You need to figure out how to look after yourself on the road.
If you speak at one or two conferences a year then this post is probably not for you. However if you speak at more than one a month, you can easily find yourself exhausted, unable to enjoy them or to do a good job with your talk. In order to survive, if speaking is going to be a big part of your life, you need to figure out how to look after yourself on the road.
Being sick is no fun, being sick when you are travelling or have a talk to give is many degrees less fun. Travel and meeting a lot of people does make it more likely to catch bugs, however there are simple steps you can take to lessen your chances, or at least help you bounce back to health more quickly.
Getting enough sleep, not drinking too much alcohol, getting into the fresh air to walk or run, and eating as healthily as is possible while on the road is really at the core of this. It does mean you need to be a little strict with yourself, given the party atmosphere of a lot of events. I find that deciding up front whether or not I’m going to have a drink or stay out late and sticking to that is helpful. If you know the late night party is not going to be a good thing for you, let attendees know where else they can chat to you. In many cases conference parties are the worst place for good conversations, as you end up yelling over loud music. You can be available without feeling you need to hang around a party when you would rather be in bed!
Pre-planning is also useful where food is concerned. Some conferences do wonderfully healthy food and snacks, however the majority serve things which are fine as something you eat occasionally, but are best avoided as a main source of nutrition. In particular the morning and afternoon snacks, which are usually cakes and cookies. To avoid temptation, carry some healthy snacks in your bag to eat instead.
In addition to giving your immune system a boost, remember to wash your hands a lot - especially when meeting lots of people and shaking hands.
Put together a fitness routine you can do on the road, even if the hotel gym has a mismatched set of dumbells and an ancient treadmill. Then stick with it. I’m a runner so I combine seeing a little of the places I visit with getting my training done, but heading out for a walk, hiring a bike, or finding a local swimming pool are all achievable even with very little time to spare. I really love it if there is a conference run - that way we get to meet and chat with each other as well as get some exercise.
As with eating well, it is much easier to stick to a fitness routine if you have planned it out earlier. I like to pop my nose into the gym when I arrive at a hotel, so I know what I have to work with and can plan my morning session in advance. There are lots of online programmes you can sign up for which give you daily yoga classes or other workouts, which can be helpful in motivating you to keep to your routines.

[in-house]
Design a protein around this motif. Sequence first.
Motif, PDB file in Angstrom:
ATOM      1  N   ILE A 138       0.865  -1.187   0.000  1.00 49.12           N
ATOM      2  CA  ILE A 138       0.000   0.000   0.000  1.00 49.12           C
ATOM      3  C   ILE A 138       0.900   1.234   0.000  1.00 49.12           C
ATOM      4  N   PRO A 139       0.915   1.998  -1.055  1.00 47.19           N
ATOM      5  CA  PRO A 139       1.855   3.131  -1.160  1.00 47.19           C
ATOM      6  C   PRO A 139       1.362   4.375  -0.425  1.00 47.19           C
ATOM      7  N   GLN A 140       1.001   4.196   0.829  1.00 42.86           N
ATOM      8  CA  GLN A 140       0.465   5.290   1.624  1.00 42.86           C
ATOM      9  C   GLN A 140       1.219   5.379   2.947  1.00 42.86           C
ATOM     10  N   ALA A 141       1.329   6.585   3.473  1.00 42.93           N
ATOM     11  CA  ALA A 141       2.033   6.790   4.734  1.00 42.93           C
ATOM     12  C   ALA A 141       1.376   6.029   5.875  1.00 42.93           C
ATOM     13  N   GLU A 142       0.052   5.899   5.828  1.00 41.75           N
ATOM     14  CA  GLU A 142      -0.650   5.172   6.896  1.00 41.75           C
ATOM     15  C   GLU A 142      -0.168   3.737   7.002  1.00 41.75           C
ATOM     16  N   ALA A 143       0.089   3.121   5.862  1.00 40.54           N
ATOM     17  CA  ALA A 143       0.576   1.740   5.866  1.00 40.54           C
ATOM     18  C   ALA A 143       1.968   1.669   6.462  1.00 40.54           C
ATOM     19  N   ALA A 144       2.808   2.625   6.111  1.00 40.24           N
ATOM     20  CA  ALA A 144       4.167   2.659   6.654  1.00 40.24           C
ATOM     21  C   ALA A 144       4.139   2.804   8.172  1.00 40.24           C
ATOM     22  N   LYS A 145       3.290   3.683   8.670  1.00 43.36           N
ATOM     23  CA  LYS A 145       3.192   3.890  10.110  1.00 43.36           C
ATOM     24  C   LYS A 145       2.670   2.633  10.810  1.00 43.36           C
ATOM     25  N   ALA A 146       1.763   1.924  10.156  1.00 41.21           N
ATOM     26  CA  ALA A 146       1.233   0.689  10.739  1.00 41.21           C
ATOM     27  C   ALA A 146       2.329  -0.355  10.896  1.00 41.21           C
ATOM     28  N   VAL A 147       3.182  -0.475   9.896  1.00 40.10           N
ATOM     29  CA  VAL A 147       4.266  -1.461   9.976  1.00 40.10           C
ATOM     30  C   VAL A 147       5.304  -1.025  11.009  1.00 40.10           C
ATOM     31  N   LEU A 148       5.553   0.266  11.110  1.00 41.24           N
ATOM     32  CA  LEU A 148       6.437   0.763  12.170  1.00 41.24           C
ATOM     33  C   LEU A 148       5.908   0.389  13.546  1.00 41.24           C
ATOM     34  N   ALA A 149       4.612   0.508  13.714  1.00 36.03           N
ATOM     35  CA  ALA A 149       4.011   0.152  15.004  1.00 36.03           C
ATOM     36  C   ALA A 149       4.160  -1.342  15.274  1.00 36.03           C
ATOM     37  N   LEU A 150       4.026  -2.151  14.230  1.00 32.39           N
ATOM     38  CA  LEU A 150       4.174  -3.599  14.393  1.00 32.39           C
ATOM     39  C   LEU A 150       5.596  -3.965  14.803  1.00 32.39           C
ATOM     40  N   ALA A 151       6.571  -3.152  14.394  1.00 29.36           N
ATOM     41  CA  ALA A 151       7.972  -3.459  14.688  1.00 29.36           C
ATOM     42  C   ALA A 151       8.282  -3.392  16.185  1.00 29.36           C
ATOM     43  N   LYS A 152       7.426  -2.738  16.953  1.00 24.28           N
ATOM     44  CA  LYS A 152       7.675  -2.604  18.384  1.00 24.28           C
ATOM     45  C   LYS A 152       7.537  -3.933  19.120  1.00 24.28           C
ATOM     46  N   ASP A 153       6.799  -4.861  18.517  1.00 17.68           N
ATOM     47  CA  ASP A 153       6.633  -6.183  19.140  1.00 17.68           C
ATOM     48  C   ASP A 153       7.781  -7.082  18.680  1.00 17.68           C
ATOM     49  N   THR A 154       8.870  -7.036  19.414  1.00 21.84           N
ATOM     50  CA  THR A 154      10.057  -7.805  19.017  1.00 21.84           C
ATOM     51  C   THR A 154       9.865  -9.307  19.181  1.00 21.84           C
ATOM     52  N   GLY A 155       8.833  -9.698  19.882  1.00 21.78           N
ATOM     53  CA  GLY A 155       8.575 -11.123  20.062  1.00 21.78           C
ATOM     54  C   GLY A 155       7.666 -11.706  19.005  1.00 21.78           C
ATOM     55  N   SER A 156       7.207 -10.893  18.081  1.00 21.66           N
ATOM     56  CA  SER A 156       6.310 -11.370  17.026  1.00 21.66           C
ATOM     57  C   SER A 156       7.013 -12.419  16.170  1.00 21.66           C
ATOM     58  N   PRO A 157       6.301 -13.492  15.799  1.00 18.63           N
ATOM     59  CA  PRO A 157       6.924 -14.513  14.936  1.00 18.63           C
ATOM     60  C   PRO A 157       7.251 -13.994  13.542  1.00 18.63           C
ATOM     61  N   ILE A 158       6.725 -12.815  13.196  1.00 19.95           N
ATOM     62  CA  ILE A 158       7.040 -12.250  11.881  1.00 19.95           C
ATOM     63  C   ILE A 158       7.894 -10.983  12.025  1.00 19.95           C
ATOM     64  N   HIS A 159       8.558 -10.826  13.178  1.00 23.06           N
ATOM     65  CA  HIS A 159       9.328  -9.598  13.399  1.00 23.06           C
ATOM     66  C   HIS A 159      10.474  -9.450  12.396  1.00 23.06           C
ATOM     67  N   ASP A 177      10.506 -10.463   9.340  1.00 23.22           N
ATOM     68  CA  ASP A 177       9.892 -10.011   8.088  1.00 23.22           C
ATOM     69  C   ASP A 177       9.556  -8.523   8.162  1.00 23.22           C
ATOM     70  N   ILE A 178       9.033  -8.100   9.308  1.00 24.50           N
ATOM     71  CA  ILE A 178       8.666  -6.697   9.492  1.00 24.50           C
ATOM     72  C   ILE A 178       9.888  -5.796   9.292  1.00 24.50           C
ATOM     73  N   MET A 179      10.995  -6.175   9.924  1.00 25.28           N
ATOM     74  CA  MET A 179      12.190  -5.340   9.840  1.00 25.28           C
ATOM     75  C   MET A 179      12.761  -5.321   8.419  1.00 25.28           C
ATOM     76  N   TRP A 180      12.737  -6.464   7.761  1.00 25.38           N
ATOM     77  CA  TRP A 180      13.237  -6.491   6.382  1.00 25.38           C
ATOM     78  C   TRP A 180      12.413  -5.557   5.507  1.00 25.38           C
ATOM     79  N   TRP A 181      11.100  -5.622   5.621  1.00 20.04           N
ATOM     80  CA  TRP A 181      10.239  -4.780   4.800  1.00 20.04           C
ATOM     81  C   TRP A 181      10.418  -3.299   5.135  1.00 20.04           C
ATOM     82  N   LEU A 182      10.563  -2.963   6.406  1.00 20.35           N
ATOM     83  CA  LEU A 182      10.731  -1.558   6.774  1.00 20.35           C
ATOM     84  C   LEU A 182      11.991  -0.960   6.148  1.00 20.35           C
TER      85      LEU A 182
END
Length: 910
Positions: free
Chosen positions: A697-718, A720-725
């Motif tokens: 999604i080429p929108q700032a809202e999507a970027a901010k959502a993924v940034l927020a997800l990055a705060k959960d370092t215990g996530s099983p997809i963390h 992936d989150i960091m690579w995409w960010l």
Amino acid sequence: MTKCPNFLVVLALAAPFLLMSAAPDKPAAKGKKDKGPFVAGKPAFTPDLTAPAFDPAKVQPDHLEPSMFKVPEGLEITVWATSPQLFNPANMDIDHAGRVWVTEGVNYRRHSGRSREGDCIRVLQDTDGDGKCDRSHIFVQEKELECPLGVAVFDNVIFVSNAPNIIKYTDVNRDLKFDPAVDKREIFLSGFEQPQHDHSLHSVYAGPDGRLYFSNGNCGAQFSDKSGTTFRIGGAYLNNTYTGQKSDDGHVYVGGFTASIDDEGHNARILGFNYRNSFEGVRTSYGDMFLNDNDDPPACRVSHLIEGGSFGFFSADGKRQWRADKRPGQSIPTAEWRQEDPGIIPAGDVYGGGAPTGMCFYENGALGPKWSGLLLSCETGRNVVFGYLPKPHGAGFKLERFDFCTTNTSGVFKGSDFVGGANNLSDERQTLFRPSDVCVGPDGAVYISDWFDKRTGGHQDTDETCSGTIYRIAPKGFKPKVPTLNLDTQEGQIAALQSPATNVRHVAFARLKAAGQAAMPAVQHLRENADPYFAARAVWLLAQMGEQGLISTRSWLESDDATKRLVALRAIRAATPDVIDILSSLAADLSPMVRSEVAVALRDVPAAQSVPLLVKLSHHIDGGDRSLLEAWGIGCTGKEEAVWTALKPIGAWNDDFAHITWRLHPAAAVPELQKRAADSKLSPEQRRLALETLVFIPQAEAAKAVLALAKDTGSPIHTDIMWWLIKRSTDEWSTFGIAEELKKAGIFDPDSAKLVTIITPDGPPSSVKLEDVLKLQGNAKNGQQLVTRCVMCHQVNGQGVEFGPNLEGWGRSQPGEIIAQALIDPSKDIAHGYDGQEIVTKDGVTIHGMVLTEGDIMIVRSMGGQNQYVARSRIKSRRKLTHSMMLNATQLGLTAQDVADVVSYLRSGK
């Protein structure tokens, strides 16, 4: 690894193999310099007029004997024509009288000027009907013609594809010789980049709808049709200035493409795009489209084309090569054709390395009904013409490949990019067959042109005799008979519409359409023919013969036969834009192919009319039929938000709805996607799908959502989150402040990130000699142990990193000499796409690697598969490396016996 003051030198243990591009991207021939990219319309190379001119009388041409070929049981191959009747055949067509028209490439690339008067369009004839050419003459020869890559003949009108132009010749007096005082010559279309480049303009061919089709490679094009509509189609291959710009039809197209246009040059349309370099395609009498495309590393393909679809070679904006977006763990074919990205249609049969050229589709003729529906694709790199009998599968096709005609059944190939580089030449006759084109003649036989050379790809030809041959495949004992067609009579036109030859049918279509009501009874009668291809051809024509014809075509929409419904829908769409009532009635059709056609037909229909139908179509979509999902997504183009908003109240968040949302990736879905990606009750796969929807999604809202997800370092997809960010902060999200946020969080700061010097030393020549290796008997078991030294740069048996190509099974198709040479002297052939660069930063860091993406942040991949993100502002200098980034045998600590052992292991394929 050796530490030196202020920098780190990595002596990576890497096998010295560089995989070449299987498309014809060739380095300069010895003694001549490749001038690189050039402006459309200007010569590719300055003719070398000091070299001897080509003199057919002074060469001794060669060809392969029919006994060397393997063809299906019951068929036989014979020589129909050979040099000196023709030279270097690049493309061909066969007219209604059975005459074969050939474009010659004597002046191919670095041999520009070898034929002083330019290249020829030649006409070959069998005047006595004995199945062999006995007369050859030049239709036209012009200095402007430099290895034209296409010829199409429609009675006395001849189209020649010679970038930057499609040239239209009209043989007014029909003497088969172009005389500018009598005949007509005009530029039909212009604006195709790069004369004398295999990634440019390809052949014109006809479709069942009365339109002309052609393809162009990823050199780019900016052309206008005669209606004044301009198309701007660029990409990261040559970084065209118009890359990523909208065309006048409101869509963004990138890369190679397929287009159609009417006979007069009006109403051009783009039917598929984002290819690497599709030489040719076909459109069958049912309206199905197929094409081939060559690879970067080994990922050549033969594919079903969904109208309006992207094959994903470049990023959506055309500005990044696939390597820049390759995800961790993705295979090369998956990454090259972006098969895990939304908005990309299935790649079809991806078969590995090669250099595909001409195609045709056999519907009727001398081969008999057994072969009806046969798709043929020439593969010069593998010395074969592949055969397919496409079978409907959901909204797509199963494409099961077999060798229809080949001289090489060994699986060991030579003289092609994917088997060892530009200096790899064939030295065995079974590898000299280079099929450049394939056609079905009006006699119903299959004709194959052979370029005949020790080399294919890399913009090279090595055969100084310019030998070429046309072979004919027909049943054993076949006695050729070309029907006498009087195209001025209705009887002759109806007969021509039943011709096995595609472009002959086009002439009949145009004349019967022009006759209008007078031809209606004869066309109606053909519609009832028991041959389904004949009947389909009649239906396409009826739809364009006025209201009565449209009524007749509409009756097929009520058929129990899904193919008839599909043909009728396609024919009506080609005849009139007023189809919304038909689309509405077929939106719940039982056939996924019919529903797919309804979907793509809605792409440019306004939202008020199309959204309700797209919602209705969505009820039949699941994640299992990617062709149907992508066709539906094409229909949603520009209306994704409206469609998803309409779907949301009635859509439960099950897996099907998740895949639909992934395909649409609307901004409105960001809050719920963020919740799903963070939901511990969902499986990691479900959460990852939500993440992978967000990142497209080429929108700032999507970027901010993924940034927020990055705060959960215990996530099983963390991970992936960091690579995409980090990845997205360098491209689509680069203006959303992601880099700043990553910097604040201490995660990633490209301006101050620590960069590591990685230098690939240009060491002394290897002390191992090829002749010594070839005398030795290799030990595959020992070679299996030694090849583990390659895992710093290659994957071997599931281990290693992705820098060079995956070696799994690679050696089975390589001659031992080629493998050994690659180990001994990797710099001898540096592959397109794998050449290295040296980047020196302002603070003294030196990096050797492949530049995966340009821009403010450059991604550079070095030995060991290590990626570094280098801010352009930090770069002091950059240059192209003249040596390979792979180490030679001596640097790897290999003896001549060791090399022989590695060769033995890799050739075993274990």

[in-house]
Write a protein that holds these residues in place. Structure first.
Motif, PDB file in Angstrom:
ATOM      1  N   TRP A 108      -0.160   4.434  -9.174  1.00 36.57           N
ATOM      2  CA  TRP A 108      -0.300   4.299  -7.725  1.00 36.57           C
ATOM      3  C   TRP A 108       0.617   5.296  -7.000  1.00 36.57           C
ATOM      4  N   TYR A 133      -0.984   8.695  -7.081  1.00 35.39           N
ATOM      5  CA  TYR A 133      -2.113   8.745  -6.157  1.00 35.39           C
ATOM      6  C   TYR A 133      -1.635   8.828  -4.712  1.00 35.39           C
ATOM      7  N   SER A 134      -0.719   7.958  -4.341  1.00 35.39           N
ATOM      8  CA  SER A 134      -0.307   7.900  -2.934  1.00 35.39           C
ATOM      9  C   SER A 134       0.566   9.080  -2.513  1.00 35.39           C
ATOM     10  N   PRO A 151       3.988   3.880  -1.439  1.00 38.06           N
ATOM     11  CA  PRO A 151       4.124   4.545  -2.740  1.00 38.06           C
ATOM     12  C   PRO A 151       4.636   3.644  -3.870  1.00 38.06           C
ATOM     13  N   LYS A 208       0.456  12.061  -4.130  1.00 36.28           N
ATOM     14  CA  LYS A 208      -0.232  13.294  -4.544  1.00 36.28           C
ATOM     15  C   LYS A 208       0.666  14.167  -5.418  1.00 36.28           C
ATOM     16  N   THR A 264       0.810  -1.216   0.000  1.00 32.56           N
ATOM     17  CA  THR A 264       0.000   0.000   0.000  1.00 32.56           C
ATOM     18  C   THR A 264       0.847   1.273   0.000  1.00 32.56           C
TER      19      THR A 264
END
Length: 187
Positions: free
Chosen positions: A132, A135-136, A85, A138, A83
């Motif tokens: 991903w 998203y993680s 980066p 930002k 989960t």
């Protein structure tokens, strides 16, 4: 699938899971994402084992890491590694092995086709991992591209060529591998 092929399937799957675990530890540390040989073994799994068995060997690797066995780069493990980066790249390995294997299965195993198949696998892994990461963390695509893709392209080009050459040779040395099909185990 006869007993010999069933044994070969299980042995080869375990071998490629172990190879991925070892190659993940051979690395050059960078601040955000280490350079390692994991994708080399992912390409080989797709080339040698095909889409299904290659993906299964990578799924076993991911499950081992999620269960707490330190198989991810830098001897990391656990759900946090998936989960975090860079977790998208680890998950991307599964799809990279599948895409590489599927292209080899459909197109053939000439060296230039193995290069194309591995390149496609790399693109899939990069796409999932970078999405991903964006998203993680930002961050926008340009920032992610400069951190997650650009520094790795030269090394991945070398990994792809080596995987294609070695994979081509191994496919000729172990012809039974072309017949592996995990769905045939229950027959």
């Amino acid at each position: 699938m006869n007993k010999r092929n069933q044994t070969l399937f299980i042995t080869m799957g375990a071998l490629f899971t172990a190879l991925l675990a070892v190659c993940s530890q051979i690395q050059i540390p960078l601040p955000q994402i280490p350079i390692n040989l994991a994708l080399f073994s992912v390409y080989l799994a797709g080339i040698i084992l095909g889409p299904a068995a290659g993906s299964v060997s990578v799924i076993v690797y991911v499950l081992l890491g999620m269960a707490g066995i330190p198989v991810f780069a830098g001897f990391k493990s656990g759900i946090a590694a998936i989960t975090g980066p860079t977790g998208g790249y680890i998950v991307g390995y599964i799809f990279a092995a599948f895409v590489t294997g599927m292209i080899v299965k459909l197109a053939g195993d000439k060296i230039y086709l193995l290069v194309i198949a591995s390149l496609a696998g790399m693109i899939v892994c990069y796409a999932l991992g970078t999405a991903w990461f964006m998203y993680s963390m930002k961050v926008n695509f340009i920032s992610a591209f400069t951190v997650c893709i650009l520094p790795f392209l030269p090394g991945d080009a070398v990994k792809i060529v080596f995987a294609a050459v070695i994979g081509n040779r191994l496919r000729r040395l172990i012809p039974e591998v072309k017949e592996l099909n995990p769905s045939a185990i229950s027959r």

Taking time out for you
You don’t have to sit through the entire conference because you are speaking at it, in fact the sessions that interest you less, or where you have seen that speaker’s talk before, can be a very good time to get some time away from crowds. I go hide in my room, or take myself off to a coffee shop. Some conferences are kind enough to create a speakers green room, or a quiet room for attendees and speakers. These places can be havens for a little bit of time out.
If you take your time out during a session, then you can go mingle during the breaks, which is when people are free to speak with you.
Watch your back!
Doing work while travelling is made a lot better if you don’t have permanent back and neck ache from hunching over a laptop. I take my Roost Stand everywhere I go, to get my laptop to a good height for working. It makes all the difference, as does trying to get the desk chair in your room to a good height for the desk - I find those useless scatter cushions are often ideal for this!
Plan flights carefully
Do a bit of research on flight times so that you can arrive and leave at good times for you. A good example is my possible routes to Australia. I can do one route which lands me in Sydney after 24 hours or more of travel at 5am, leaving me staggering round in a blur for a day. Or, there is a routing that lands me at 5pm. Arriving at 5pm means having dinner, going to bed and waking the next morning feeling pretty much ok. This can make a huge difference to how I feel for the rest of my stay.
Bring your hobbies on the road
Some hobbies don’t work so well on the road but many do, and travel can sometimes be a way to find new ones. If you travel a lot, spending some time doing something unrelated to your job is so important, to not feel as if you are essentially working 24/7. I have friends who bring their knitting to conferences, or take the chance to visit art galleries. I enter local races and parkruns and indulge my interest in aviation by visiting air and space museums. You can usually add an extra night onto your stay by offering to pay for that night in the hotel. Give yourself a little breathing room and a chance to do something fun in your location - these mini breaks in a busy schedule can make all the difference to how you feel.
Advent speaker tips: this is part of a series of tips for public speakers that we’re posting throughout advent. Check back daily during December for more.